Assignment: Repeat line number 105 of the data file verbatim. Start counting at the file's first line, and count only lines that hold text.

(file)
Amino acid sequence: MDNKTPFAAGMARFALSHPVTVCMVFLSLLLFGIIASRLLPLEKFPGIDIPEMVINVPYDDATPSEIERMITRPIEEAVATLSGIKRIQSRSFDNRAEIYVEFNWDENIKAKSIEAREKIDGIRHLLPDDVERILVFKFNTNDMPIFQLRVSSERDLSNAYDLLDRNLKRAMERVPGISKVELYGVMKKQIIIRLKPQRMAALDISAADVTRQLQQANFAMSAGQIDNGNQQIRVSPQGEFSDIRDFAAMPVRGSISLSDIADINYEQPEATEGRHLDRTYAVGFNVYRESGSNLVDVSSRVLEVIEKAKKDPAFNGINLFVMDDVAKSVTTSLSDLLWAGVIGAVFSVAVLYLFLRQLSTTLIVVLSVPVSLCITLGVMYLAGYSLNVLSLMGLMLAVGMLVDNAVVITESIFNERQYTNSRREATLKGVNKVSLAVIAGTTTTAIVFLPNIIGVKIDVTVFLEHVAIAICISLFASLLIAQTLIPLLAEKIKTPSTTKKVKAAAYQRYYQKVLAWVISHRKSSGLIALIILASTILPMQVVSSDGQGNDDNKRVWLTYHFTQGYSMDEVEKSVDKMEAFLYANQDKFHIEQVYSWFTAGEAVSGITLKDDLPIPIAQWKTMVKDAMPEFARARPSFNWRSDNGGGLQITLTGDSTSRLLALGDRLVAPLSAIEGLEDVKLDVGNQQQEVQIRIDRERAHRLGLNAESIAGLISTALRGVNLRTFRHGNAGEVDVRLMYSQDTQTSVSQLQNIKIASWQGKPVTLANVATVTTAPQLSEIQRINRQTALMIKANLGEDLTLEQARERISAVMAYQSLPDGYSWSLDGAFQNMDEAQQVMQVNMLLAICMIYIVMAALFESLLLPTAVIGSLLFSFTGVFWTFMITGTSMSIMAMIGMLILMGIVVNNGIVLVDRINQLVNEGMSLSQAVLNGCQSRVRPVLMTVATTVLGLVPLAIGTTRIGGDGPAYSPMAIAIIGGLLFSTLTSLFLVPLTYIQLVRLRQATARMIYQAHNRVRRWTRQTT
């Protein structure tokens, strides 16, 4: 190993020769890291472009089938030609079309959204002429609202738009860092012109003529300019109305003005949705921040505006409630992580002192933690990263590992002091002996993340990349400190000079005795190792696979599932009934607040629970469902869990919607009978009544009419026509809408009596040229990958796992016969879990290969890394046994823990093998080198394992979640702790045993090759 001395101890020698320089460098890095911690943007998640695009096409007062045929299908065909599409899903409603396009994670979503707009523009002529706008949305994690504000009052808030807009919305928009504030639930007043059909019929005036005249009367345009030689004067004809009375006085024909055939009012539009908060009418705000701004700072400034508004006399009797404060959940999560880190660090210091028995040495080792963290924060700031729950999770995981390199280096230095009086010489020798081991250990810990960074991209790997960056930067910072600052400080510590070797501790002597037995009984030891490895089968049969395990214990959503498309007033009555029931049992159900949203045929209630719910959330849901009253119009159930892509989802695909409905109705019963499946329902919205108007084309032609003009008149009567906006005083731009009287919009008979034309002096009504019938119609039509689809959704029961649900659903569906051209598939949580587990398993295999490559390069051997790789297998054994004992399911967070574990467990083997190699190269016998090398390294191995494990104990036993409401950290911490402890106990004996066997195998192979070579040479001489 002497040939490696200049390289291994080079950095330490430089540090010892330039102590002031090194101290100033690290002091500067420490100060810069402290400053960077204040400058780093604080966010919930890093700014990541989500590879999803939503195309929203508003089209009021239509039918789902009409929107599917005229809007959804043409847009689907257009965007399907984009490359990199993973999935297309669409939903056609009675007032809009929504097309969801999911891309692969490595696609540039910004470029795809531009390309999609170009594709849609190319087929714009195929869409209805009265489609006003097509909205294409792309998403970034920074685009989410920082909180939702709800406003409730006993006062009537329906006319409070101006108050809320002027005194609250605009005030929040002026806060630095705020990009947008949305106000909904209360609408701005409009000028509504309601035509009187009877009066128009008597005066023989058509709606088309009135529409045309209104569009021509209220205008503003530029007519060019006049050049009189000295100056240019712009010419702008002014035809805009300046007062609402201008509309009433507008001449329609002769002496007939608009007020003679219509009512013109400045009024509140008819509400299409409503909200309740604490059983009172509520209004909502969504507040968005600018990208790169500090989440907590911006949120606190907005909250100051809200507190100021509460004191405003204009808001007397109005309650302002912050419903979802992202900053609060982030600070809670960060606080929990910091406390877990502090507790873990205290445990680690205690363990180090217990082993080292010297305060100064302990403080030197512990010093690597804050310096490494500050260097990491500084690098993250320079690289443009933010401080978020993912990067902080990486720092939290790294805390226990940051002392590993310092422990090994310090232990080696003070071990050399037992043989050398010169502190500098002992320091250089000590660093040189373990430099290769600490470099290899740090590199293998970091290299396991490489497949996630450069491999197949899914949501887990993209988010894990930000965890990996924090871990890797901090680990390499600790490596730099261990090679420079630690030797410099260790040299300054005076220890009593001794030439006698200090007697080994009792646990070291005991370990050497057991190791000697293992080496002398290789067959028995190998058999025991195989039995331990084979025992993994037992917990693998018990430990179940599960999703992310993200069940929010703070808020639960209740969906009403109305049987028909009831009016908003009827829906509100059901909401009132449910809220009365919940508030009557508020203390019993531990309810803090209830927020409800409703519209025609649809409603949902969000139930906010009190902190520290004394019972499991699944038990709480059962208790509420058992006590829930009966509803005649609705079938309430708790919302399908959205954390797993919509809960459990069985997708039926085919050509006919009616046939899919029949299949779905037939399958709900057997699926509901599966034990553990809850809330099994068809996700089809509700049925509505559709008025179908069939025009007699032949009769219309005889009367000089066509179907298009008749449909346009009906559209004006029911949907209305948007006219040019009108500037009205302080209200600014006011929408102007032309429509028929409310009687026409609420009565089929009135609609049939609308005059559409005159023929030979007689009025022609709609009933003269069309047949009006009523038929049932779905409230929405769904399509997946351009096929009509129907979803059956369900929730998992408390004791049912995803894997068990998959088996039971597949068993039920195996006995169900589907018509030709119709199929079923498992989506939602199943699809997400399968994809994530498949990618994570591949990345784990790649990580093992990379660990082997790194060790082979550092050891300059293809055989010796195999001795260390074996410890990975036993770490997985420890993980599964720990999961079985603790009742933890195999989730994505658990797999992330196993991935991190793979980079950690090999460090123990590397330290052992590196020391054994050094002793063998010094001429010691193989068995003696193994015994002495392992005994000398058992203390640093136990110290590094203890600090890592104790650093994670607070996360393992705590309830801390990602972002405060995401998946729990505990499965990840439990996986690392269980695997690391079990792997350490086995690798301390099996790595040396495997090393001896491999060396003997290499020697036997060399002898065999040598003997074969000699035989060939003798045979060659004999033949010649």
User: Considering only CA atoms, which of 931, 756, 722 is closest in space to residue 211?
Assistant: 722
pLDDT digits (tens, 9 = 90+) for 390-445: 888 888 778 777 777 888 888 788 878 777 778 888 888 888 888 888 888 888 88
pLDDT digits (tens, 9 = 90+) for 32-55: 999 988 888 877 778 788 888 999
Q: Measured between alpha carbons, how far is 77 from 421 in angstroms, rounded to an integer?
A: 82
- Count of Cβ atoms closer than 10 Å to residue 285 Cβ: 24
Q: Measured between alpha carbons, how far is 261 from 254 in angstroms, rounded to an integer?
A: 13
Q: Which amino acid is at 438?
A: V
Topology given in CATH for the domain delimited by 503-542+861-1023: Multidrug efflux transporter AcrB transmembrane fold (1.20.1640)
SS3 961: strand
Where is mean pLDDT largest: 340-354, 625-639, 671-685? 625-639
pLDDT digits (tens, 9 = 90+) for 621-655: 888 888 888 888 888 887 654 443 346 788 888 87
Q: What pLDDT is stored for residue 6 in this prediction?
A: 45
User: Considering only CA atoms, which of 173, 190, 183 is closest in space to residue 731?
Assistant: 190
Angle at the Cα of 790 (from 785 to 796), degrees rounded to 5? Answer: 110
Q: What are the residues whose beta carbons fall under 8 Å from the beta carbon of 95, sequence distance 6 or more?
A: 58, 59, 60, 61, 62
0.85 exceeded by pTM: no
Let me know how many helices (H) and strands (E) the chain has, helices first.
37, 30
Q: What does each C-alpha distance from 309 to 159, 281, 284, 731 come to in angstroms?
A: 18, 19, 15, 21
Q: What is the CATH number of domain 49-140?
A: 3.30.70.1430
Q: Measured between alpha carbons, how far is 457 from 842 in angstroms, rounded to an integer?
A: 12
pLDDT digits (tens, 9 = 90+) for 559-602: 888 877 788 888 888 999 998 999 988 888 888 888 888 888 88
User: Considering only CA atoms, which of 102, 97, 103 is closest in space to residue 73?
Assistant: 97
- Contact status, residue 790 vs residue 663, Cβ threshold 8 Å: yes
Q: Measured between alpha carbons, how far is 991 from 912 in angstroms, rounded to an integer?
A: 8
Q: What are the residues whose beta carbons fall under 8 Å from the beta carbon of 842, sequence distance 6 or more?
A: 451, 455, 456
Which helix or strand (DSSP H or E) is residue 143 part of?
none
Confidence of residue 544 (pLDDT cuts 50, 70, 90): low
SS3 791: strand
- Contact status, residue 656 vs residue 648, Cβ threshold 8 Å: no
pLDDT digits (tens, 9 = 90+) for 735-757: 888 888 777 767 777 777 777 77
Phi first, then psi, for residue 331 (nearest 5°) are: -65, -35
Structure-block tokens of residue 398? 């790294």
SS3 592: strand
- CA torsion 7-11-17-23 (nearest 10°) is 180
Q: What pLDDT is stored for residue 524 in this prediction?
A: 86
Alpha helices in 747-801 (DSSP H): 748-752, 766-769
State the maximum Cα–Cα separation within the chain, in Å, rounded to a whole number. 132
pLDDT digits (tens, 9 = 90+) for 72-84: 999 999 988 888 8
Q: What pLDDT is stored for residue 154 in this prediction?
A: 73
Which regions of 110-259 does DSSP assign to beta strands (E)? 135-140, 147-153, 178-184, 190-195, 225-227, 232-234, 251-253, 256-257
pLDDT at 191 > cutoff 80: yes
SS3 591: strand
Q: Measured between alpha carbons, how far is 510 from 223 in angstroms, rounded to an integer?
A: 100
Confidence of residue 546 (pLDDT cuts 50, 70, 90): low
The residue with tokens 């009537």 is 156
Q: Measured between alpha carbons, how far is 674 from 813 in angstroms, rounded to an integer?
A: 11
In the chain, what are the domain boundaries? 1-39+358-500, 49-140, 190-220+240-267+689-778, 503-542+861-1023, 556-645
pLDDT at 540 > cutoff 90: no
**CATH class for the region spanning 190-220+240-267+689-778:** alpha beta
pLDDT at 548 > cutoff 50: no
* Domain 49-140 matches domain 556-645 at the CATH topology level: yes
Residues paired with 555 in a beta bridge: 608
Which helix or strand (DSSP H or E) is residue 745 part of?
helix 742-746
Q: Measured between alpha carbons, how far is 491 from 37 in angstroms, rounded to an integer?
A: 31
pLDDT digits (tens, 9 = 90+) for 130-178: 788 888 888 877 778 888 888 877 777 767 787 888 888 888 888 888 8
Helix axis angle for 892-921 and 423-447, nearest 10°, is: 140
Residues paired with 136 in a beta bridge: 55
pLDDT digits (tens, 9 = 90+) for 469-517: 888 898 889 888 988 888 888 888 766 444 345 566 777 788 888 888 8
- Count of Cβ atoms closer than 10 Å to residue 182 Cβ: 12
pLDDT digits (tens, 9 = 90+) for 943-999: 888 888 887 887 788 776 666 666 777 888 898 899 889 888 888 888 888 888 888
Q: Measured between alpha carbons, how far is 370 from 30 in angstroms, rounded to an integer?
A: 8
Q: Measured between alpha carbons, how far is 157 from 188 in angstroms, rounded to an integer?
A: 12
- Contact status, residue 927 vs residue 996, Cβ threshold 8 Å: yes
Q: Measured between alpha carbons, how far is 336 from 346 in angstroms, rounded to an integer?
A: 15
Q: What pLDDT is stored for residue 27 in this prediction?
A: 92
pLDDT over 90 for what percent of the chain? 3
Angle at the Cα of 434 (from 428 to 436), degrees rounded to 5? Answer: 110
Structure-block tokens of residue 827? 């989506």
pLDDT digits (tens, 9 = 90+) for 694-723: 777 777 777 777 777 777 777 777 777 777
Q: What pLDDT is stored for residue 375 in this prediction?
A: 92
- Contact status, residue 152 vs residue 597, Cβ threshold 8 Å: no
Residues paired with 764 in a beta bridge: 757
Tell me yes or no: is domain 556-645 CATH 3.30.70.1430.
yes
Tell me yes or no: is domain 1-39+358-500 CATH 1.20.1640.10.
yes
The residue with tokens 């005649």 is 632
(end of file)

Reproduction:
The residue with tokens 């005649």 is 632